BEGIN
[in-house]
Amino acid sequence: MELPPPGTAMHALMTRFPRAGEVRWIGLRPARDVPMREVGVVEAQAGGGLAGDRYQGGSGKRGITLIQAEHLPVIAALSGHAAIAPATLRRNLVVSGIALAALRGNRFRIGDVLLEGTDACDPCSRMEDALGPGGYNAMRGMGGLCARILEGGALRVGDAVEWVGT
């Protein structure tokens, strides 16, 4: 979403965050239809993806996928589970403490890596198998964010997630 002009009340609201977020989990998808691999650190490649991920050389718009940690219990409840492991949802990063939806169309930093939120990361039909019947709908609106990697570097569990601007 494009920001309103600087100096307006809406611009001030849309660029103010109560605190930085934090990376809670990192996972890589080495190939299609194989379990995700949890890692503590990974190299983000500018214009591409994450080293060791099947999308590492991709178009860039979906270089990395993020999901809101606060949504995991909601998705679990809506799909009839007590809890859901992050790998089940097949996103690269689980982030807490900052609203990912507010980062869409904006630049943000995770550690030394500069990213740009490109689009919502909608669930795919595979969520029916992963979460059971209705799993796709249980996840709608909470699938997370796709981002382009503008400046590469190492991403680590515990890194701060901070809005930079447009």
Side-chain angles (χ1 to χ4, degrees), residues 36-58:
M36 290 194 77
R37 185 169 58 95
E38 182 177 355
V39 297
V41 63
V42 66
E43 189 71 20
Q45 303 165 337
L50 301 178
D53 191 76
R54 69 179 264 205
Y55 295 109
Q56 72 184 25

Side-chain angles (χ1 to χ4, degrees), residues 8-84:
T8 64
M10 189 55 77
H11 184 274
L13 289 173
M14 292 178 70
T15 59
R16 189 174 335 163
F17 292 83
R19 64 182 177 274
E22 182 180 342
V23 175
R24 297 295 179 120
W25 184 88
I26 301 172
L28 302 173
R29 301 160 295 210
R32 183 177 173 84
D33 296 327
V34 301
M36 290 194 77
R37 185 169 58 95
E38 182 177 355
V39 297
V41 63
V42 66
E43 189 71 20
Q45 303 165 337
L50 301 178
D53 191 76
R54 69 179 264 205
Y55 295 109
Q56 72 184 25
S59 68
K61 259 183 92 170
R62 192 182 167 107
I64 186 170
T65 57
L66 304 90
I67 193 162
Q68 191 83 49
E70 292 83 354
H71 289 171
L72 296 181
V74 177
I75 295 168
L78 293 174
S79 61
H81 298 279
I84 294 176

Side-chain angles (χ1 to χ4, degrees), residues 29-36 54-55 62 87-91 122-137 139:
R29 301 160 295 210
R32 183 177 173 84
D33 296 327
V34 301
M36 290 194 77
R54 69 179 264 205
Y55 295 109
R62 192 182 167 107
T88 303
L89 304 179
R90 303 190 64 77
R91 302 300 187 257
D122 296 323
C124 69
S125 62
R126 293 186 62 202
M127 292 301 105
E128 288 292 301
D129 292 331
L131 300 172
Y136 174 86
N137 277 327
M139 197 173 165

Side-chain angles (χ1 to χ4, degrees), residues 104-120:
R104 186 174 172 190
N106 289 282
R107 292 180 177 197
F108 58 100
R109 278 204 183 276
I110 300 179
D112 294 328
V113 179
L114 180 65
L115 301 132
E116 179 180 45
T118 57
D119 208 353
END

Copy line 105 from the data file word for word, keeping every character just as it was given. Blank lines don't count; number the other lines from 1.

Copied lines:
D119 208 353